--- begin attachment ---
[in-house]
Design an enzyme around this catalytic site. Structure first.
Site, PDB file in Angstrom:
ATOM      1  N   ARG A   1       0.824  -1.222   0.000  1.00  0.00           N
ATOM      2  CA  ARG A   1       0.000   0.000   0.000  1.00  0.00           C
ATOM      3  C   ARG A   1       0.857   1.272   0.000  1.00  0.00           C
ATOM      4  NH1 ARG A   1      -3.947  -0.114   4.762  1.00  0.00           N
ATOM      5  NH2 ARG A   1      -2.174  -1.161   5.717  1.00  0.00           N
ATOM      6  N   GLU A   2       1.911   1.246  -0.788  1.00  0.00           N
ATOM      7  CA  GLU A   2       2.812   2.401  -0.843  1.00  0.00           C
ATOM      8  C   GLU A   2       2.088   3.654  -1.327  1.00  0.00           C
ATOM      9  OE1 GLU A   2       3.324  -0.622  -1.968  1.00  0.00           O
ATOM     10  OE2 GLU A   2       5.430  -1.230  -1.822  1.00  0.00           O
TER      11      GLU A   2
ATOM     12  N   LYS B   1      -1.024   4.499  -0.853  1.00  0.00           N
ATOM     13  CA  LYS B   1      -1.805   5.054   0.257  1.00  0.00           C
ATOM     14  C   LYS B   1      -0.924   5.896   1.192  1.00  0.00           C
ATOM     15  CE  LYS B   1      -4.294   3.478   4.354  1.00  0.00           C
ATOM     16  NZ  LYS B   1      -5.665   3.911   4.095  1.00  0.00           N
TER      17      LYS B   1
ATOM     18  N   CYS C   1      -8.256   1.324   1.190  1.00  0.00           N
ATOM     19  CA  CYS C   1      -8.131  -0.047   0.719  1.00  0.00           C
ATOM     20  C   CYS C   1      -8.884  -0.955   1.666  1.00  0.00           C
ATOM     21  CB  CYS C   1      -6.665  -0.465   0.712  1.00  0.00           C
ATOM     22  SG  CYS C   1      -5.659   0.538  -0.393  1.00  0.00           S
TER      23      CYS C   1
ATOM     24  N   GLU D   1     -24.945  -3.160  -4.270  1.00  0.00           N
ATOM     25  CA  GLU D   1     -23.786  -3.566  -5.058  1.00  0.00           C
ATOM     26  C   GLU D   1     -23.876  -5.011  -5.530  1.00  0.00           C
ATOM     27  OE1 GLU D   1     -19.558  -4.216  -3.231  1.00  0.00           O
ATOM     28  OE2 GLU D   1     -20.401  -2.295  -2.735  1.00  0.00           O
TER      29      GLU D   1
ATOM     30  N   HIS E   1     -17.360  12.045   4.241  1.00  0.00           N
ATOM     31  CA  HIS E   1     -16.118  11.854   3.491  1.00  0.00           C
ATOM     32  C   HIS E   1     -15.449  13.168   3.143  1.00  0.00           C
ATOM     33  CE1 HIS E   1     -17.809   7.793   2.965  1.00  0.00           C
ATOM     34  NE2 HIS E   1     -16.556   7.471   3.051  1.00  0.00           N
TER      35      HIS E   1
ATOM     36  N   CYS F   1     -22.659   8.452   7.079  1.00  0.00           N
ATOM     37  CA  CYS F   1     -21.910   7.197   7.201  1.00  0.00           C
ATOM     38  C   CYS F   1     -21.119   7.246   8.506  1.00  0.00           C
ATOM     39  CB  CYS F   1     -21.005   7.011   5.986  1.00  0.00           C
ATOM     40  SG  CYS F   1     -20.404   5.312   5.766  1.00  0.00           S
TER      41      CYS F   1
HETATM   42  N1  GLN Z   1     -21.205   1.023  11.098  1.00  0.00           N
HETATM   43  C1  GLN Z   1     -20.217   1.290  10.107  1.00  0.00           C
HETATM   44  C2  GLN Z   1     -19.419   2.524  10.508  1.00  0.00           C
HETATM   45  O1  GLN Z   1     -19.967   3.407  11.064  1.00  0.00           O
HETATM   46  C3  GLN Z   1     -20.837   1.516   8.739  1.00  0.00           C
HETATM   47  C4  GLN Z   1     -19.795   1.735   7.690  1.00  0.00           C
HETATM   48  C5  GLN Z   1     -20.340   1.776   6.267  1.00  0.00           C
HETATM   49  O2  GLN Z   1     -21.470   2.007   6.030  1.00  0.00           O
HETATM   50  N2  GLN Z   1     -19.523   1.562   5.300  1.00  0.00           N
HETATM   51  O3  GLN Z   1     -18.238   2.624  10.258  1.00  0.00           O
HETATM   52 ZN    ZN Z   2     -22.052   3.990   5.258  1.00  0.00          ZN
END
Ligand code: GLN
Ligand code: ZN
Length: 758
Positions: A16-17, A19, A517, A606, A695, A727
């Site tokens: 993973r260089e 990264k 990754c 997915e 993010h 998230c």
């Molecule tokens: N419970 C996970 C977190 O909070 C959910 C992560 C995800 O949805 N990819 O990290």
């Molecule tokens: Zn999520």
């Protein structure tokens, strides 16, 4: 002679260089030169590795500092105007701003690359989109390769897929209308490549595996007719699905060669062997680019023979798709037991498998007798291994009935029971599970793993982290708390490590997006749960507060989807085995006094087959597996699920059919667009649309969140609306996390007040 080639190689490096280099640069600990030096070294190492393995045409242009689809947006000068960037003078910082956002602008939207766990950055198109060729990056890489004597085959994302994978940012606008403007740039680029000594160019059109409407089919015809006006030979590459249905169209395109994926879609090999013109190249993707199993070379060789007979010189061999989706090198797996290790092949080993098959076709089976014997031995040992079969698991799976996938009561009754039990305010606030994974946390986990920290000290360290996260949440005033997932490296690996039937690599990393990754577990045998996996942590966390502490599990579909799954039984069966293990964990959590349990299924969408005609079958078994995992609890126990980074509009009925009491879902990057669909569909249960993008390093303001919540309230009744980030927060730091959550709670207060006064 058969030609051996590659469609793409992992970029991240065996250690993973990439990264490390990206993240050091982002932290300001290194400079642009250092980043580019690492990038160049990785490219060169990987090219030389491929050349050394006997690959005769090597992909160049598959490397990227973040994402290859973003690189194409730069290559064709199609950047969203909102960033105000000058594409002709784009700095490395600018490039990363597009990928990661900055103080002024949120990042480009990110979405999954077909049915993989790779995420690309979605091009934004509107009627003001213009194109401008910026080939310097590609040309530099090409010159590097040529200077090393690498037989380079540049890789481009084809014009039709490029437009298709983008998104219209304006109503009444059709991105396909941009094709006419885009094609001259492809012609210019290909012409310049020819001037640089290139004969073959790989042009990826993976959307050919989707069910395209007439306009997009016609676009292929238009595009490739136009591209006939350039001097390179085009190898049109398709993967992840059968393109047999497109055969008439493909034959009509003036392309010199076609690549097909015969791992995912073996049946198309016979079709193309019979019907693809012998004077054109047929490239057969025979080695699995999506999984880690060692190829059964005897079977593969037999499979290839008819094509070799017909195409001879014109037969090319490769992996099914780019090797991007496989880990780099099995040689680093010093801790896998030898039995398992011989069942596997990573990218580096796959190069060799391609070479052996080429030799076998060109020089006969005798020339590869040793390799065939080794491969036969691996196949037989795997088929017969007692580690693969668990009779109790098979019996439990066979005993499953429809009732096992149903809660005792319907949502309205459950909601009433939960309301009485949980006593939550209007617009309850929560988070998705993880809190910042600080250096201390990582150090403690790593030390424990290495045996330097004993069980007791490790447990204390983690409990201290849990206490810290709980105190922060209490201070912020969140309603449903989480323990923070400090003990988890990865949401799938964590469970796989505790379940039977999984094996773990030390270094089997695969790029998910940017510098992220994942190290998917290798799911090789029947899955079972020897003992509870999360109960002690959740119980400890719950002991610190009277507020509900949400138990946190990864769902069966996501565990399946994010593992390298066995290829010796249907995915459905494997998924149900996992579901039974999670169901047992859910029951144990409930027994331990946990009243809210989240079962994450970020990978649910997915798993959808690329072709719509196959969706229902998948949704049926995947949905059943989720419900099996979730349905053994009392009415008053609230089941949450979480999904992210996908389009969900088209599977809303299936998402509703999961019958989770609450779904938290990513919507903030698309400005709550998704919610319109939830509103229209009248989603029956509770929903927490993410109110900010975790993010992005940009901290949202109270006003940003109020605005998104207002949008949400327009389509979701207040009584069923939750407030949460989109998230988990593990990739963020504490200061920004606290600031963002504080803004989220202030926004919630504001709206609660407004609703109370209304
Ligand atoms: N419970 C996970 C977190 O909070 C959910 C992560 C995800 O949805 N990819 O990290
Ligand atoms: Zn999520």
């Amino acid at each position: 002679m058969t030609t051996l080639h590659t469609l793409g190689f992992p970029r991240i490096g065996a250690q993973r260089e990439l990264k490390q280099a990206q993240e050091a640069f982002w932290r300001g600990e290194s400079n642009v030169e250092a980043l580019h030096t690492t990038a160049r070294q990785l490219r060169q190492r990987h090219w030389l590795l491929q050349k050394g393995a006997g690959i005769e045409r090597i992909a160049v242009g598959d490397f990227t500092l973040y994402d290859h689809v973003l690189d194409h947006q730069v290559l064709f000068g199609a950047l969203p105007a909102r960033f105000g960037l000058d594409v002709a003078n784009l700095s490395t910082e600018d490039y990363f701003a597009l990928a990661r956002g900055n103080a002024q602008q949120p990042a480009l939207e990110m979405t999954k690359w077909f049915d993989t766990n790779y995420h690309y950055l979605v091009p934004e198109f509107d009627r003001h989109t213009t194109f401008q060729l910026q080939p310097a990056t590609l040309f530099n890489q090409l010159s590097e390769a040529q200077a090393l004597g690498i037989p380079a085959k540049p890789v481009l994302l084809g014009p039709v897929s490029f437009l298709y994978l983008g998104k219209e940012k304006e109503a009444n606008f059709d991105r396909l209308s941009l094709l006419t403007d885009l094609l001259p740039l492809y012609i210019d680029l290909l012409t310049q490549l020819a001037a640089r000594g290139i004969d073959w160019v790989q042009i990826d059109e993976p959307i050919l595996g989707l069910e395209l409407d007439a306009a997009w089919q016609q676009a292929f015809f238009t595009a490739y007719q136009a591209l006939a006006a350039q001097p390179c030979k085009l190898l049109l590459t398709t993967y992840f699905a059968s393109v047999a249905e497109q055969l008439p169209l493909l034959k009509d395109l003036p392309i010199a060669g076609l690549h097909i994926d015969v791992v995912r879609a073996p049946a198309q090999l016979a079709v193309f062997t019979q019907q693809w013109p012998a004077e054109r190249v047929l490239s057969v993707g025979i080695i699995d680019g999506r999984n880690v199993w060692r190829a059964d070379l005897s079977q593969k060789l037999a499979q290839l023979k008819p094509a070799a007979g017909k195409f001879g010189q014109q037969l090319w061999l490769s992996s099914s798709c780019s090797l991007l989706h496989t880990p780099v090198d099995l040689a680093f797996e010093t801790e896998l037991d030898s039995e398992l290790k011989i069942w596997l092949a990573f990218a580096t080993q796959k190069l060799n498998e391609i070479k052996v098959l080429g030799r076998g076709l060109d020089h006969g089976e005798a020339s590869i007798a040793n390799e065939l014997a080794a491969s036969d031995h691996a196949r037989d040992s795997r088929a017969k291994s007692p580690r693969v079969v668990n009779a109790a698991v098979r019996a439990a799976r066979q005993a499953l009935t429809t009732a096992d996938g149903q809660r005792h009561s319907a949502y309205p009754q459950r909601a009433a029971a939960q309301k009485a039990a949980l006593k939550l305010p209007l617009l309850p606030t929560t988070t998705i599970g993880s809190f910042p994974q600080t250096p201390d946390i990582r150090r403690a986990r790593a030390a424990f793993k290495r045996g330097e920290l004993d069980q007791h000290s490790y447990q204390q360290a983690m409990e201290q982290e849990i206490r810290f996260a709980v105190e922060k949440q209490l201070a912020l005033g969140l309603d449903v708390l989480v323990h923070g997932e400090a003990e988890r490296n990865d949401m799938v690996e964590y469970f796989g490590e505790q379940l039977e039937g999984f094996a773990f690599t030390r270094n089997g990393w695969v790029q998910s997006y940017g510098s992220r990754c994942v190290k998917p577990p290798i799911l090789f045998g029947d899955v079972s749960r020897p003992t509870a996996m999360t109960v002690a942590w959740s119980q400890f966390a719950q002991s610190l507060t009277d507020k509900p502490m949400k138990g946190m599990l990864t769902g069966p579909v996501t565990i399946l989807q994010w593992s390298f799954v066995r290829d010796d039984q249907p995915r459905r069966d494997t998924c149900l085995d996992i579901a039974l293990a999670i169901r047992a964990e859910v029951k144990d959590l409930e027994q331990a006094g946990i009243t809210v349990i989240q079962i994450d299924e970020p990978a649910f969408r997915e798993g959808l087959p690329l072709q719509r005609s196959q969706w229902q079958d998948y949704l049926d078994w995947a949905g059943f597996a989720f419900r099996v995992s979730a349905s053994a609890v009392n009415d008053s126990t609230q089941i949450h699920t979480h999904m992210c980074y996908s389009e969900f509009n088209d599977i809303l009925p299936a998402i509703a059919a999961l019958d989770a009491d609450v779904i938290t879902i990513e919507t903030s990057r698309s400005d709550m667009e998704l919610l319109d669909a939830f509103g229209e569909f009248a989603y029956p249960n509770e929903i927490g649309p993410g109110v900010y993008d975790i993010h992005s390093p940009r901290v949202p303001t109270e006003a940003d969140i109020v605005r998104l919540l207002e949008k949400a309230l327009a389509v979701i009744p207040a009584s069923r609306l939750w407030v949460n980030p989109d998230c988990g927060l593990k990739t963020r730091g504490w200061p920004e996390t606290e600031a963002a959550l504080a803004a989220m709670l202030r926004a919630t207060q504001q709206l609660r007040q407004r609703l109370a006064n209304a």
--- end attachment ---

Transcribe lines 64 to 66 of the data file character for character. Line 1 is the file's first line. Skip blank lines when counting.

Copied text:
């Protein structure tokens, strides 16, 4: 002679260089030169590795500092105007701003690359989109390769897929209308490549595996007719699905060669062997680019023979798709037991498998007798291994009935029971599970793993982290708390490590997006749960507060989807085995006094087959597996699920059919667009649309969140609306996390007040 080639190689490096280099640069600990030096070294190492393995045409242009689809947006000068960037003078910082956002602008939207766990950055198109060729990056890489004597085959994302994978940012606008403007740039680029000594160019059109409407089919015809006006030979590459249905169209395109994926879609090999013109190249993707199993070379060789007979010189061999989706090198797996290790092949080993098959076709089976014997031995040992079969698991799976996938009561009754039990305010606030994974946390986990920290000290360290996260949440005033997932490296690996039937690599990393990754577990045998996996942590966390502490599990579909799954039984069966293990964990959590349990299924969408005609079958078994995992609890126990980074509009009925009491879902990057669909569909249960993008390093303001919540309230009744980030927060730091959550709670207060006064 058969030609051996590659469609793409992992970029991240065996250690993973990439990264490390990206993240050091982002932290300001290194400079642009250092980043580019690492990038160049990785490219060169990987090219030389491929050349050394006997690959005769090597992909160049598959490397990227973040994402290859973003690189194409730069290559064709199609950047969203909102960033105000000058594409002709784009700095490395600018490039990363597009990928990661900055103080002024949120990042480009990110979405999954077909049915993989790779995420690309979605091009934004509107009627003001213009194109401008910026080939310097590609040309530099090409010159590097040529200077090393690498037989380079540049890789481009084809014009039709490029437009298709983008998104219209304006109503009444059709991105396909941009094709006419885009094609001259492809012609210019290909012409310049020819001037640089290139004969073959790989042009990826993976959307050919989707069910395209007439306009997009016609676009292929238009595009490739136009591209006939350039001097390179085009190898049109398709993967992840059968393109047999497109055969008439493909034959009509003036392309010199076609690549097909015969791992995912073996049946198309016979079709193309019979019907693809012998004077054109047929490239057969025979080695699995999506999984880690060692190829059964005897079977593969037999499979290839008819094509070799017909195409001879014109037969090319490769992996099914780019090797991007496989880990780099099995040689680093010093801790896998030898039995398992011989069942596997990573990218580096796959190069060799391609070479052996080429030799076998060109020089006969005798020339590869040793390799065939080794491969036969691996196949037989795997088929017969007692580690693969668990009779109790098979019996439990066979005993499953429809009732096992149903809660005792319907949502309205459950909601009433939960309301009485949980006593939550209007617009309850929560988070998705993880809190910042600080250096201390990582150090403690790593030390424990290495045996330097004993069980007791490790447990204390983690409990201290849990206490810290709980105190922060209490201070912020969140309603449903989480323990923070400090003990988890990865949401799938964590469970796989505790379940039977999984094996773990030390270094089997695969790029998910940017510098992220994942190290998917290798799911090789029947899955079972020897003992509870999360109960002690959740119980400890719950002991610190009277507020509900949400138990946190990864769902069966996501565990399946994010593992390298066995290829010796249907995915459905494997998924149900996992579901039974999670169901047992859910029951144990409930027994331990946990009243809210989240079962994450970020990978649910997915798993959808690329072709719509196959969706229902998948949704049926995947949905059943989720419900099996979730349905053994009392009415008053609230089941949450979480999904992210996908389009969900088209599977809303299936998402509703999961019958989770609450779904938290990513919507903030698309400005709550998704919610319109939830509103229209009248989603029956509770929903927490993410109110900010975790993010992005940009901290949202109270006003940003109020605005998104207002949008949400327009389509979701207040009584069923939750407030949460989109998230988990593990990739963020504490200061920004606290600031963002504080803004989220202030926004919630504001709206609660407004609703109370209304
Ligand atoms: N419970 C996970 C977190 O909070 C959910 C992560 C995800 O949805 N990819 O990290
Ligand atoms: Zn999520």